NPR logo

As Congress Leaves Town, Some Jobless Benefits Set To Expire

  • Download
  • <iframe src="" width="100%" height="290" frameborder="0" scrolling="no" title="NPR embedded audio player">
  • Transcript
As Congress Leaves Town, Some Jobless Benefits Set To Expire


As Congress Leaves Town, Some Jobless Benefits Set To Expire

  • Download
  • <iframe src="" width="100%" height="290" frameborder="0" scrolling="no" title="NPR embedded audio player">
  • Transcript


From NPR News, this is ALL THINGS CONSIDERED. I'm Audie Cornish.


And I'm Melissa Block. The House adjourned for its Christmas recess last night after passing a two-year budget agreement. Despite pressure from the White House and congressional Democrats, House GOP leadership did not include an extension of long-term unemployment benefits. Congress may reconsider the idea come January, but as NPR's Scott Horsley reports, more than a million Americans will lose their benefits before then.

SCOTT HORSLEY, BYLINE: Joan Boudro lost her job as an administrative assistant almost three years ago. Since then, she's found only temporary work for a few months at a time. Friends sometimes ask Boudro if she's out there pounding the pavement. Lately, she says, it's hard finding an employer who will even look at her resume.

JOAN BOUDRO: There are no jobs. And that's where the big problem is is there are not enough jobs to go around.

HORSLEY: Boudro has been relying on the extended unemployment benefits that the federal government has been offering since the beginning of the recession more than five years ago. The $363 a week is a lot less than she used to earn. But Boudro, a Republican who lives in New Berlin, Wisconsin, says it's been a lifeline.

BOUDRO: It means that I can stay in my apartment. I can put food on the table. I can pay my bills. If unemployment stops, I'm going to end up having to move in with my son and his wife and I really don't want to have to do that.

HORSLEY: Unemployment benefits will stop for Boudro and 1.3 million others on Dec. 28 when the temporary federal program runs out. President Obama urged lawmakers to extend the program, but he did not insist that it be part of this week's mini-budget bargain. And Republican House Speaker John Boehner says Obama didn't suggest alternative spending cuts to offset the program's $25 billion price tag.

REPRESENTATIVE JOHN BOEHNER: When the White House finally called me last Friday about extending unemployment benefits, I said that we would clearly consider it, as long as it's paid for and as long as there are other efforts that will help get our economy moving once again. I have not seen a plan from the White House that meets those standards.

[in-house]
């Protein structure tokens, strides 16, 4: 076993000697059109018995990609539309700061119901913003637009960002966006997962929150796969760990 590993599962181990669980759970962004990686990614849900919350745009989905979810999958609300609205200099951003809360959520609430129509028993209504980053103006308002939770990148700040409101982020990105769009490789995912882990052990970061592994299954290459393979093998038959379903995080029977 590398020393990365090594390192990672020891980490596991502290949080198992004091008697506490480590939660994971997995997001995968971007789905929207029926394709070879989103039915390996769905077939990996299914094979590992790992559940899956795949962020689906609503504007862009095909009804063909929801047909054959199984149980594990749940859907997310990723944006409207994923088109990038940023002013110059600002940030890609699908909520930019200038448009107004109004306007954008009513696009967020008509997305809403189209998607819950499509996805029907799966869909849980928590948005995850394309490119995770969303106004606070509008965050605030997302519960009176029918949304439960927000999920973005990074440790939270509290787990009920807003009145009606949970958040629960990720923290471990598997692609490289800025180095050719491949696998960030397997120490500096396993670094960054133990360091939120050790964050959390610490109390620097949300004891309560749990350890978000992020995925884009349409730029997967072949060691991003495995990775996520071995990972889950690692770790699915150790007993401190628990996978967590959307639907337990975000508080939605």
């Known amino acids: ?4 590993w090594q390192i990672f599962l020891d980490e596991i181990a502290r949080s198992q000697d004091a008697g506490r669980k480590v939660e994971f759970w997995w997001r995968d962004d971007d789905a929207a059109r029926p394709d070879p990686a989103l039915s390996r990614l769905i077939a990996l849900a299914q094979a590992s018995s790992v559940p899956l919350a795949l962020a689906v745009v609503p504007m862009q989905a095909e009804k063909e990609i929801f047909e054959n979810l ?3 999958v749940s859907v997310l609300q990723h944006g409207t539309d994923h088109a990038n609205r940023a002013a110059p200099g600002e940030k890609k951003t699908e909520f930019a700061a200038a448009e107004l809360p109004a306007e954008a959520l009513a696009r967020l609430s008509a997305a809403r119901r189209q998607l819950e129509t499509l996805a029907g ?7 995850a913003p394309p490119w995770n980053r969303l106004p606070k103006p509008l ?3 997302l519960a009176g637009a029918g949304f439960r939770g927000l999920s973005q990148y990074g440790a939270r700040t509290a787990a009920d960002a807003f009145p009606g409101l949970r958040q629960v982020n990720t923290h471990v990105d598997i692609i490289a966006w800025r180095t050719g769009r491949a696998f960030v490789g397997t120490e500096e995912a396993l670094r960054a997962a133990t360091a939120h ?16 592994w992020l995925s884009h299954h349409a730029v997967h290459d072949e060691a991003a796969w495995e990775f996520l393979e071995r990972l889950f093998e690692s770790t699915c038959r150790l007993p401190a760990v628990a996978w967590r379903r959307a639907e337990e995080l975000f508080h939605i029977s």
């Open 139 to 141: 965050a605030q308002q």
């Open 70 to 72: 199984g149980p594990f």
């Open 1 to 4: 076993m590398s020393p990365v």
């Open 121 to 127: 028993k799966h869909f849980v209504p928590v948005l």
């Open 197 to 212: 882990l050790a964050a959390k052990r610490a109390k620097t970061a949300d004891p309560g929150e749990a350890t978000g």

HORSLEY: The administration notes in the past, lawmakers have not insisted that extended unemployment benefits be offset with cuts elsewhere in the budget. White House economic adviser Jason Furman adds that while the job market is improving, there are still more than four million Americans who've been out of work six months or more.

JASON FURMAN: We don't think that at a 7 percent unemployment rate, that now is the time to cut off their unemployment insurance. And that doesn't just hurt those families. It hurts the economy by taking money out of their wallets that they otherwise would have spent.

HORSLEY: The White House and congressional Democrats promise to renew their push for an extension in early January. But that's little comfort to those like Boudro who will see their checks cut off in just over two weeks.

BOUDRO: I don't understand why it's OK for Congress to go home and have a good Christmas when there's still things that are left to be done.

HORSLEY: The White House warns without an extension, millions more Americans will exhaust their unemployment benefits next year before they find new work. Scott Horsley, NPR News, the White House.

Copyright © 2013 NPR. All rights reserved. Visit our website terms of use and permissions pages at for further information.

NPR transcripts are created on a rush deadline by Verb8tm, Inc., an NPR contractor, and produced using a proprietary transcription process developed with NPR. This text may not be in its final form and may be updated or revised in the future. Accuracy and availability may vary. The authoritative record of NPR’s programming is the audio record.



Please keep your community civil. All comments must follow the Community rules and terms of use, and will be moderated prior to posting. NPR reserves the right to use the comments we receive, in whole or in part, and to use the commenter's name and location, in any medium. See also the Terms of Use, Privacy Policy and Community FAQ.